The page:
卓越實證概述 Best Evidence in Brief

Programme Evaluation

Parents as Teachers in Switzerland

A randomized controlled trial published in Early Childhood Research Quarterly examines the effectiveness of the Parents as Teachers (PAT) program in Zurich, Switzerland. PAT is a parent teaching program that begins during pregnancy, or shortly after birth, and continues until the child’s third birthday. Among its goals, PAT aims to increase parental knowledge of early childhood development and improve parental practice and, in the long term, increase the child’s school readiness and success. A total of 261 children from 248 families took part in the trial. Families in the intervention group (n=132) were supported with regular home visits from qualified parent educators with a degree in early education, and attended group meetings. The 116 families in the control group had access to the normal community services but were not supported by PAT. The results showed that: After three years of the PAT program, children showed more age-appropriate adaptive behavior, with small effect sizes in...

19 05 2020
Training versus coaching to improve teaching

A study by Jacobus Cilliers and Stephen Taylor reports the results of a randomized controlled trial of two different approaches to improving the teaching of reading in primary schools in South Africa. More than two hundred schools took part and were randomly assigned to three treatment groups: a training intervention group, a coaching intervention group, and a control group. Teachers in the first intervention group received a one-off training session. Teachers in the second intervention group were visited on a monthly basis by a specialist reading coach who monitored their teaching, provided feedback, and demonstrated teaching practices. Both interventions provided teachers with structured lesson plans. Teachers in the control group received the usual level of government support and in-service training. The study measured the impact of the intervention on both student learning and teaching activity in the classroom. They found that: Coaching improved students’ reading by 0.24 standard deviations compared to students...

05 05 2020
Review of professional learning and development in early childhood education

Approaches to professional development that combine coaching or mentoring with new knowledge and opportunities for reflection on practice may be the most effective in improving outcomes in early childhood settings, according to a study published in Review of Education. Sue Rogers and colleagues conducted the systematic review, which was funded by the Nuffield Foundation, in order to examine the impact of professional learning and development. The studies included in the review identify approaches to professional learning that demonstrate impact on early childhood education on one or more outcomes across three main areas: literacy knowledge and skills, math and science knowledge, and social-emotional and behavioral development.  The findings from the review suggested that: Coaching models, and approaches that help develop pedagogical knowledge, may be the most effective in improving outcomes in early childhood settings. The evidence on duration, frequency, and intensity of the professional learning, although likely to be important factors, was inconclusive.  ...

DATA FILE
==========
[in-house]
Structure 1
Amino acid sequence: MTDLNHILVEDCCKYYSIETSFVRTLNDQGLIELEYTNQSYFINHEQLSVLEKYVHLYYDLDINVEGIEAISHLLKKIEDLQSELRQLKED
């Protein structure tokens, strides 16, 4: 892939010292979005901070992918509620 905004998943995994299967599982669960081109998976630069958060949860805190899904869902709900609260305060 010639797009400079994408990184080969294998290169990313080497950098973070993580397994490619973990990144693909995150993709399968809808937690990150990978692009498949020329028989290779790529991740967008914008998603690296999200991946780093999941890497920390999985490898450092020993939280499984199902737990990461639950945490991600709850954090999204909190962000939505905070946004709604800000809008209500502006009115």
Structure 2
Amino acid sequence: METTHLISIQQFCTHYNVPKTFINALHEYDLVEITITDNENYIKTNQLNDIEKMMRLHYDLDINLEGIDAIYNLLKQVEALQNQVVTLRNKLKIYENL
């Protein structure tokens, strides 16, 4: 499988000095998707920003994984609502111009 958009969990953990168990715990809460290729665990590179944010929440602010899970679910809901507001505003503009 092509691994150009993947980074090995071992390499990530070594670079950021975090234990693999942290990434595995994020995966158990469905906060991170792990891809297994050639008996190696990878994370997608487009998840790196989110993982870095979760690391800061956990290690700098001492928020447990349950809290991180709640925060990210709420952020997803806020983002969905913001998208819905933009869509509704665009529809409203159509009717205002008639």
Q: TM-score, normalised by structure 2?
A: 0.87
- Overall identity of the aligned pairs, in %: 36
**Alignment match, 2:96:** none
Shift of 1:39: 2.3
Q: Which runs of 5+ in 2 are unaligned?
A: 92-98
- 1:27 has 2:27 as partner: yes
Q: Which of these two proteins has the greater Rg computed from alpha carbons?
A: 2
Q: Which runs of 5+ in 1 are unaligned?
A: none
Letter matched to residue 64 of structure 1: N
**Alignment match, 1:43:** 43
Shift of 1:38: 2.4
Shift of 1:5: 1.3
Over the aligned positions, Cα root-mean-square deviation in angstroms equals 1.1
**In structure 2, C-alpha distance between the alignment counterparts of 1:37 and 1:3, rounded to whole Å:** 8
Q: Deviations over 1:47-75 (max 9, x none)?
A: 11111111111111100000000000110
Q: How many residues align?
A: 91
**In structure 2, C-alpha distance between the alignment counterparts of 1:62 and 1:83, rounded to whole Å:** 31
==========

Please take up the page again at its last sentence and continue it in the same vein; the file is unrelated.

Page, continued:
07 04 2020
In-person vs. online collaboration in science

In an article published in the Journal of Research in Science Teaching, researchers studied whether online collaborative learning was more effective than in-person collaborative learning in middle school science classes in relation to students’ understanding of science concepts. In the study, 90 eighth graders from five classes taught by two teachers at a Virginia public school participated over nine weeks. One teacher taught the experimental group and the other taught the control group. Following a pre-test using the Misconceptions-Oriented Standards-Based Assessment Resources for Teachers (MOSART), both groups were given traditional in-class instruction on the same science topics. At least twice a week, collaborative assignments were then given to the classes, the only difference being that the experimental group collaborated online and did not receive immediate teacher feedback on their theories, unlike the control group who collaborated in person. After nine weeks, the groups were post-tested using MOSART. Results showed that the online...

24 03 2020
English vocabulary learning using a mobile app with a self-regulated learning mechanism